Repair and Prevention

  • Burst a few bubbles and examine the backside of blistered paint, as well as the substrate if it becomes exposed, to determine if moisture or heat is the culprit.

  • If the blisters contain several coats of paint and popping them reveals bare substrate, there’s a moisture issue. Address this by repairing plumbing, replacing caulking, and/or increasing ventilation as required. Then remove all blistered paint, sand smooth, clean, prime, and repaint.

  • If blisters affect only the previous coat of paint, heat is likely at fault. Remove blisters and the underlying paint or primer, then sand to smooth and dull the surface, clean, prime, and repaint, taking care that the surface is below 90º F.

  • Stir paint slowly with a wooden stirrer. Stirring too quickly or for too long can introduce bubbles to the paint that could transfer to the surface.

  • Be patient when rolling. If you detect bubbles during application, slow your stroke speed.


Crusty white salt crystals may look appealing on a pretzel, but not on the painted masonry of your home. Efflorescence (also known as mottling) appears when the salts inherent in brick, concrete, cinderblock, and mortar dissolve in moisture and then leach out to the surface.

What causes efflorescence?

A variety of factors contribute to efflorescence, including:

  • insufficient curing time for cement or mortar during construction;

  • moisture migration from inside the house;

  • groundwater penetration from an inadequately waterproofed basement;

  • insufficient surface prep to remove previous efflorescence; and

  • painting over holes, cracks, or unrepaired pointing.

Repair and Prevention

Tackle efflorescence on a warm, dry day. Eliminate excess moisture conditions externally by waterproofing and repairing cracks, repointing, and sealing around windows and doors with butyl rubber caulk.

There are various ways to remove efflorescence, and you may need to use a combination, depending on the extent and severity: a wire brush, scraper, low-pressure washer, and/or cleaning with diluted white vinegar or a trisodium phosphate (TSP) solution (wear protective gear when working with this chemical) and then rinsing thoroughly.

Applying an impregnating hydrophobic sealant to a building material surface can prevent water absorption and keep moisture from entering the material. Colorless water repellents may prevent efflorescence from recurring, as may silicone or acrylic coatings. Allow to dry completely before repainting.


Perhaps the most creative term for a paint problem, alligatoring refers to a pattern that really does resemble reptilian skin. It starts as subtle wrinkling (a.k.a. checking), then develops into wide rectangular cracks. Alligatoring tends to be more common with oil-based paints.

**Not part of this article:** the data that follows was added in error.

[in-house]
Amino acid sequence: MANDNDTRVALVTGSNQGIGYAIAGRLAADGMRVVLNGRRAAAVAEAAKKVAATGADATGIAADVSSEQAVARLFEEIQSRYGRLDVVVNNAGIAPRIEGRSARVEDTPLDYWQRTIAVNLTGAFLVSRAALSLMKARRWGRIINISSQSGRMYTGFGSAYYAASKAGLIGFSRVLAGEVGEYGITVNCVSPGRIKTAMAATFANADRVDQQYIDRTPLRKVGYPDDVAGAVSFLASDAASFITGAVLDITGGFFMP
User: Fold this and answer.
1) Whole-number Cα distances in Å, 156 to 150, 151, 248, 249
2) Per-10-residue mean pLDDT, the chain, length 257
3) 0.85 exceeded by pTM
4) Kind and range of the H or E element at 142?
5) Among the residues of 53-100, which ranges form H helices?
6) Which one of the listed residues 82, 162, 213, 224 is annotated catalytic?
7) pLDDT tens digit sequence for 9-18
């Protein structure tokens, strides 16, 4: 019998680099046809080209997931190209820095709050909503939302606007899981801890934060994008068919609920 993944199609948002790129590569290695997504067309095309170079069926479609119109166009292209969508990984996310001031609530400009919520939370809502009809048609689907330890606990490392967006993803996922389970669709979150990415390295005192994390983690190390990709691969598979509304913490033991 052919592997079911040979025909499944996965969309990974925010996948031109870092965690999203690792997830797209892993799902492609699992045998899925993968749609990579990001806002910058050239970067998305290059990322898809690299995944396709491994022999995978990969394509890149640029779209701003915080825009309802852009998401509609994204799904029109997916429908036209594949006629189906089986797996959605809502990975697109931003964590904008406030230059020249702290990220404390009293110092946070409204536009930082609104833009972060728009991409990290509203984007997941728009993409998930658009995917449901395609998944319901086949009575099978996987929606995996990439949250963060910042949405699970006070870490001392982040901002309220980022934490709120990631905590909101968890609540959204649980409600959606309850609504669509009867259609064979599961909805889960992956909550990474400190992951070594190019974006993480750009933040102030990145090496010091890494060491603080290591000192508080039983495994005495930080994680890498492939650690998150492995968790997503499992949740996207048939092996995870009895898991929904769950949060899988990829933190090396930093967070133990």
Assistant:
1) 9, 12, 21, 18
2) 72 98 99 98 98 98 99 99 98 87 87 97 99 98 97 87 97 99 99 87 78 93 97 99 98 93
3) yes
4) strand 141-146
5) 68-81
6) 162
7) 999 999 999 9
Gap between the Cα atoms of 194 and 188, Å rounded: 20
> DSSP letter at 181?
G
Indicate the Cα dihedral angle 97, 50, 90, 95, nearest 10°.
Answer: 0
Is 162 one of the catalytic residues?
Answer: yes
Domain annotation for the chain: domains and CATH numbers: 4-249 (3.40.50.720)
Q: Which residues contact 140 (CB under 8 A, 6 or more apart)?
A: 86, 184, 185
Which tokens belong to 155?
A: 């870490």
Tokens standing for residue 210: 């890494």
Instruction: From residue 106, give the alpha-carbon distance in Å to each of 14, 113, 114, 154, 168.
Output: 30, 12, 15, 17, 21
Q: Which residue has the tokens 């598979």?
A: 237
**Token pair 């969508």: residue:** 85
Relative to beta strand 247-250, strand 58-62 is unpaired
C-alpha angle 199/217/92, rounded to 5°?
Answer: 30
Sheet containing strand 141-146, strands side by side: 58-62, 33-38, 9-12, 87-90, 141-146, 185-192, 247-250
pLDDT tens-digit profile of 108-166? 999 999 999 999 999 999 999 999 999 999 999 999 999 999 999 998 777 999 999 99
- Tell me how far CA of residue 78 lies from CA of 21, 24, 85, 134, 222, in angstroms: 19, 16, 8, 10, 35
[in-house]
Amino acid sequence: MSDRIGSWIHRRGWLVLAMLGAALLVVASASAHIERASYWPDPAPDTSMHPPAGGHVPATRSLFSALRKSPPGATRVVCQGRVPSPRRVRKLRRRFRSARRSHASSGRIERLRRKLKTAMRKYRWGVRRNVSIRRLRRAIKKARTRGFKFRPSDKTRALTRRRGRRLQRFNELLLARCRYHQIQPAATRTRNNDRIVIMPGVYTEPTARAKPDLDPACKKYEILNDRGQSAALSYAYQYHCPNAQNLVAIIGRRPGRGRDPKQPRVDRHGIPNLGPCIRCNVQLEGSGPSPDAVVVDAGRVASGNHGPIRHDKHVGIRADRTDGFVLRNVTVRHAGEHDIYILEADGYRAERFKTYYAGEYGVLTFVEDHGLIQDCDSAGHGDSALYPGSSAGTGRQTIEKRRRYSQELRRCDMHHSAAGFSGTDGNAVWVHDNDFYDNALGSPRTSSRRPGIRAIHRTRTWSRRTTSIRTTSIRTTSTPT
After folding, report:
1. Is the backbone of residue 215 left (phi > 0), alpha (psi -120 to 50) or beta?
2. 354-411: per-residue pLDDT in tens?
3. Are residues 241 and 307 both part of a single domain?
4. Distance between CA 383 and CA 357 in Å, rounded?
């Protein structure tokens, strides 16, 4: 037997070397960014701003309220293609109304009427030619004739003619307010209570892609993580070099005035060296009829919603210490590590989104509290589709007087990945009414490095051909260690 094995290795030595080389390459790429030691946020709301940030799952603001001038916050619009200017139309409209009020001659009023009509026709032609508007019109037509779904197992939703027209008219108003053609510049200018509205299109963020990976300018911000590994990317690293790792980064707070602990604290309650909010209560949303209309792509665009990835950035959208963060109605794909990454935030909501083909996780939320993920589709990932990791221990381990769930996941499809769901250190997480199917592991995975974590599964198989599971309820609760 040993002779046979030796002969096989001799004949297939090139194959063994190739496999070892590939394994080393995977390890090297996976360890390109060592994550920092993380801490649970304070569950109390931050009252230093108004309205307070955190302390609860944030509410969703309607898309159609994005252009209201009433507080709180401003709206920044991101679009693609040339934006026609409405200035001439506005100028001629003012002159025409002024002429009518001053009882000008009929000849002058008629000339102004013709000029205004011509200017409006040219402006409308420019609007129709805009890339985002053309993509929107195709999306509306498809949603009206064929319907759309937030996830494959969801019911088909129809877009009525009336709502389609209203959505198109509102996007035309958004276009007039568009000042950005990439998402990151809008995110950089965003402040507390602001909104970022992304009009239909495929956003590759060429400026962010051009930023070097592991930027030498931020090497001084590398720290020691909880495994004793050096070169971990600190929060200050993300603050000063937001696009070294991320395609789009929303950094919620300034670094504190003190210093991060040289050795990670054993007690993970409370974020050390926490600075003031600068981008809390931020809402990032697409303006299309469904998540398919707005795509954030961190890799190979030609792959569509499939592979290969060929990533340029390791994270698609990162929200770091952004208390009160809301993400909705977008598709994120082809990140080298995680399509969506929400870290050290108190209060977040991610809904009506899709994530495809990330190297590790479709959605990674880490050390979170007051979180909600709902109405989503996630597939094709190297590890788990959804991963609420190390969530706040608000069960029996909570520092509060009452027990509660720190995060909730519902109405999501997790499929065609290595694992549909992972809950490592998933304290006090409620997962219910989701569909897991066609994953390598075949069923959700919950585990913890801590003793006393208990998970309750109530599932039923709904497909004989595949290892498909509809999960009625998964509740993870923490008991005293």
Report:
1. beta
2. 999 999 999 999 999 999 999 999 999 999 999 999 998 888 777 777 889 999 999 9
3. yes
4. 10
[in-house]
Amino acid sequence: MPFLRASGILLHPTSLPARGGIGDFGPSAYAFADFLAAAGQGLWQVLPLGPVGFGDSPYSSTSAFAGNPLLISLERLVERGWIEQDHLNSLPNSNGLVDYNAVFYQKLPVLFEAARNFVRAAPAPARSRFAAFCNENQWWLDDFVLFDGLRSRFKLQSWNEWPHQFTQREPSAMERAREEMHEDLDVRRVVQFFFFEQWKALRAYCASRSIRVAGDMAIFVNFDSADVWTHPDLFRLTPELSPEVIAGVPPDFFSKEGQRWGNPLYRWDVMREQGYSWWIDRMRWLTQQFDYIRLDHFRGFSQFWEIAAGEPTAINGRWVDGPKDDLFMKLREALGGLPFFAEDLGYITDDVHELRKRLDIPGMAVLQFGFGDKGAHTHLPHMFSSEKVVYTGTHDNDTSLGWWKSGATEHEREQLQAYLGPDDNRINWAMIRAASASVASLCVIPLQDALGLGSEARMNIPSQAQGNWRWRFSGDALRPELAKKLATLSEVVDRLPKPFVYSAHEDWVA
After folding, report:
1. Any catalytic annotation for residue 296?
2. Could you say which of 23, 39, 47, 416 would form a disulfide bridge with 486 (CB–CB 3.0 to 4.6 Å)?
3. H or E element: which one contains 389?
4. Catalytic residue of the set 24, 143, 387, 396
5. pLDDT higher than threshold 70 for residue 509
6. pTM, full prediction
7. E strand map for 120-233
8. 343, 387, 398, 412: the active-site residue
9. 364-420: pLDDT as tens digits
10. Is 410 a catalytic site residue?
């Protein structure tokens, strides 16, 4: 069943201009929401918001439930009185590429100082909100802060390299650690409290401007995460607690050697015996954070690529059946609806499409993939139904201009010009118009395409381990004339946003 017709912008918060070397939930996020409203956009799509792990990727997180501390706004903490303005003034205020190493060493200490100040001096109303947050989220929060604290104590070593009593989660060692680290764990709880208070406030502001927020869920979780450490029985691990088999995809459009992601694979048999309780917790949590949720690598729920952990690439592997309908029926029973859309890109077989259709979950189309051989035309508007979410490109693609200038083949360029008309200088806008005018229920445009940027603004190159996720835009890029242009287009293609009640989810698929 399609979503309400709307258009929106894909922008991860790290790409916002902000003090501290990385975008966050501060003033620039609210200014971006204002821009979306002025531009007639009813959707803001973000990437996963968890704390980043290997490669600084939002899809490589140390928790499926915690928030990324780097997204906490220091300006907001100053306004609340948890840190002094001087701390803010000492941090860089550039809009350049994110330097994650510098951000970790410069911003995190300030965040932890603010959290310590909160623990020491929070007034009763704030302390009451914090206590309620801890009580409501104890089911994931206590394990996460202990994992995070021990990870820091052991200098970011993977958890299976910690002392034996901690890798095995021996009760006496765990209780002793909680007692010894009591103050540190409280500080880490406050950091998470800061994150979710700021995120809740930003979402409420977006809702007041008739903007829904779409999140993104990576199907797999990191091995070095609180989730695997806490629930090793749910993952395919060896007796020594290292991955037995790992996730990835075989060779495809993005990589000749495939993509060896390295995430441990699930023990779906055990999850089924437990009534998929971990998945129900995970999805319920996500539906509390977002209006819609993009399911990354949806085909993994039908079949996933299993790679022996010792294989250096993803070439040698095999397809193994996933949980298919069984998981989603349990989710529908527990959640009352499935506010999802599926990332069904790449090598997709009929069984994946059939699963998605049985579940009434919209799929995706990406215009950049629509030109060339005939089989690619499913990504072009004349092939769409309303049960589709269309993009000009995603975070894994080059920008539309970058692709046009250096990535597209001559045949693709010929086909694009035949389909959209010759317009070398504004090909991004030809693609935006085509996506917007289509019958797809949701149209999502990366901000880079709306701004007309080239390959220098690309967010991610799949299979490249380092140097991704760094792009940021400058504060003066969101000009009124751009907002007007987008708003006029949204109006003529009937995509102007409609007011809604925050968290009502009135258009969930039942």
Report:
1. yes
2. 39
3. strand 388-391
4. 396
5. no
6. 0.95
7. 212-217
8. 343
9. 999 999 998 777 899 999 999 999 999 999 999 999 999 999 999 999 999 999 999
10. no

What causes alligatoring?

Paint naturally expands and contracts in response to temperature fluctuations and, over time, loss of elasticity can result in alligatoring.

The process can be hastened through such missteps as applying a rigid coating such as oil enamel over a softer, more flexible coat (e.g., latex paint or latex primer); painting over a glossy finish (the topcoat not bonding properly to the glossy finish), or not allowing sufficient dry time between primer/basecoat and topcoat.

Repair and Prevention

  • Remove unsightly scales by scraping, sanding, applying chemical removers, or using a heat gun.

  • Rinse to banish dust and let dry completely.

  • Prime, allow to dry and repaint.


A fine, powdery white substance that forms on painted exteriors, chalking is most often seen in arid, sunny climates. It tends to be most visible on pale-colored flat paints and is likely to occur on improperly sealed porous materials and poor-quality, factory-finished aluminum siding.

What causes paint to chalk?

The pigments in paint are naturally released when exposed to weather changes, so some chalking is to be expected over time. But serious cases are usually due to using the wrong product—either interior paint or low-quality exterior paint that contains a high degree of extenders (white, powdery paint additives). Over-thinning paint prior to application can also lead to chalking.

Repair and Prevention

  • Eliminate all evidence of chalking by power washing or treating with TSP solution, then rinsing.

  • Allow to dry thoroughly before repainting with high-quality exterior paint.

Planning to buy or sell a home in the Waterloo Region but have questions? Why not speak with an expert? Contact the award-winning Team Pinto here, or book a free Zoom consultation to discuss your unique Waterloo Region real estate needs here.